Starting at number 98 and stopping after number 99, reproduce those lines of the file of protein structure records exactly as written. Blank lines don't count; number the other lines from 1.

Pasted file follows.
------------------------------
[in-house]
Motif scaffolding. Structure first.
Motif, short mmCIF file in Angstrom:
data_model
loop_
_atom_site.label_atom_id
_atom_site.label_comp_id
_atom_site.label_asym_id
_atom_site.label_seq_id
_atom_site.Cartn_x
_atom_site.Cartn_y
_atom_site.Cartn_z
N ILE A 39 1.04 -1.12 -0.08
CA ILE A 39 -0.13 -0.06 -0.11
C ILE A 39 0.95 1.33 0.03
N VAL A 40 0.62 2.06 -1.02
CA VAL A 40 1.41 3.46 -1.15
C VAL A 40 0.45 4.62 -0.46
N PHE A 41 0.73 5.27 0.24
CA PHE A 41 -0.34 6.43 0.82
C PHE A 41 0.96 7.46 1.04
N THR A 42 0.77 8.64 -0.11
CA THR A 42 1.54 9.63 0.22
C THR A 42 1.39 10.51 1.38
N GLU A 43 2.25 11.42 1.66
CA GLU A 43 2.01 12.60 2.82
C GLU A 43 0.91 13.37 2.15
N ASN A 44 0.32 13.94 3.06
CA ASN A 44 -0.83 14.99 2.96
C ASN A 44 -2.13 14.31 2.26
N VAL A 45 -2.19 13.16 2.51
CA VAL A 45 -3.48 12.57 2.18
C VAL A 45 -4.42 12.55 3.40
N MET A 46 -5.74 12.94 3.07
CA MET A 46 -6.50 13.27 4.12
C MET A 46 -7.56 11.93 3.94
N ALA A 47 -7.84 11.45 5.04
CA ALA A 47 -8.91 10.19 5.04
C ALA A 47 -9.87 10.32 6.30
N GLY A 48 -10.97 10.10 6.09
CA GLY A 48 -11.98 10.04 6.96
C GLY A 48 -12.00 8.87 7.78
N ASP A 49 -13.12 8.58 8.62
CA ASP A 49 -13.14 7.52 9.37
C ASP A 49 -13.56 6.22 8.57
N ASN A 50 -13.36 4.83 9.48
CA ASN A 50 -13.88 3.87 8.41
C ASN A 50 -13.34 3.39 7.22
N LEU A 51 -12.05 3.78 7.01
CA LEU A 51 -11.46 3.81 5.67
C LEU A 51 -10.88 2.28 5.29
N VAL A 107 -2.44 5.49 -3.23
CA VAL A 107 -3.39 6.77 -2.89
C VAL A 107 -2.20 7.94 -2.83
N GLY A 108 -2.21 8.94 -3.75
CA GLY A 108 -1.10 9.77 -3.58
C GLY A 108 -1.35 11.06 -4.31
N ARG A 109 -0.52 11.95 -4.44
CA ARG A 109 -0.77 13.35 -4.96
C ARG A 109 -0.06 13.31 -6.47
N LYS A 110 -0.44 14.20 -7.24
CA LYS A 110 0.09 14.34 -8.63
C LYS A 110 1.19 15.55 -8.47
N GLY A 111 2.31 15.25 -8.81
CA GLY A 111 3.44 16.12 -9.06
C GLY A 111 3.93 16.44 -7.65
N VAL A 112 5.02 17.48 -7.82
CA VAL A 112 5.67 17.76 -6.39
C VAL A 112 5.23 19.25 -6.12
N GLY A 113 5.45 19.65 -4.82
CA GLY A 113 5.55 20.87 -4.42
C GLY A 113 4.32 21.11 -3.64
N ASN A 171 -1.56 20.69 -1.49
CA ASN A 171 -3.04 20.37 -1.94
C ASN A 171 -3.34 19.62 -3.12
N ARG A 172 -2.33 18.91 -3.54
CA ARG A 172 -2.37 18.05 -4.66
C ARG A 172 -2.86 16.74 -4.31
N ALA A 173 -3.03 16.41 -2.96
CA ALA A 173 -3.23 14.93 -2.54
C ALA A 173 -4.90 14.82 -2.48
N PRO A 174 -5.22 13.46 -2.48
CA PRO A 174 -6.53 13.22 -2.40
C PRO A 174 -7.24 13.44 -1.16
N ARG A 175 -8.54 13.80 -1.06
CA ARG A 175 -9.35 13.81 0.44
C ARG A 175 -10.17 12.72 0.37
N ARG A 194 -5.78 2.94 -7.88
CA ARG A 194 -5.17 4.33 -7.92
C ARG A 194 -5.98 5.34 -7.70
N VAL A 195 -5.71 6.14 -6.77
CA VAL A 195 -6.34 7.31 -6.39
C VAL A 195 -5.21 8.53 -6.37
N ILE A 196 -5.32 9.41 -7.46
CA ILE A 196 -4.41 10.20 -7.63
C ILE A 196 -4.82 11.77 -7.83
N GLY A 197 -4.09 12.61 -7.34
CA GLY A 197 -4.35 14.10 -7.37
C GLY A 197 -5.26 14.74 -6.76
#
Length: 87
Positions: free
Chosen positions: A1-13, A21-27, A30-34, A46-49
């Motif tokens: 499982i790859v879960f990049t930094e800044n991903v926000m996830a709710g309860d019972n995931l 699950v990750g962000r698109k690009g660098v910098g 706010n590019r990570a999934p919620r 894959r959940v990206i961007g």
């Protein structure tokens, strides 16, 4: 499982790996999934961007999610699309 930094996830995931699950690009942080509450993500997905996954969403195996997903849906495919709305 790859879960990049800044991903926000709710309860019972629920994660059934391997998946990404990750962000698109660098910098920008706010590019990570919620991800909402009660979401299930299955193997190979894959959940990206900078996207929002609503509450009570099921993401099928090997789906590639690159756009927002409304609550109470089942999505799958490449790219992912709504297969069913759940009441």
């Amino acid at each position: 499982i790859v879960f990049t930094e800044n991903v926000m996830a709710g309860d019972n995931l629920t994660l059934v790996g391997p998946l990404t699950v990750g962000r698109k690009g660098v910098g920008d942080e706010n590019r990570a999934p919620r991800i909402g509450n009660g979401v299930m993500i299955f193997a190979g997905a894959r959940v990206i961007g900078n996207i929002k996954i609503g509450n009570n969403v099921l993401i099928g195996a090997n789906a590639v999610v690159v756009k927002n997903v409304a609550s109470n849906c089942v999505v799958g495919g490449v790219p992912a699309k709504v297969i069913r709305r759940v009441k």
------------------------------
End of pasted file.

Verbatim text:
CA GLY A 197 -4.35 14.10 -7.37
C GLY A 197 -5.26 14.74 -6.76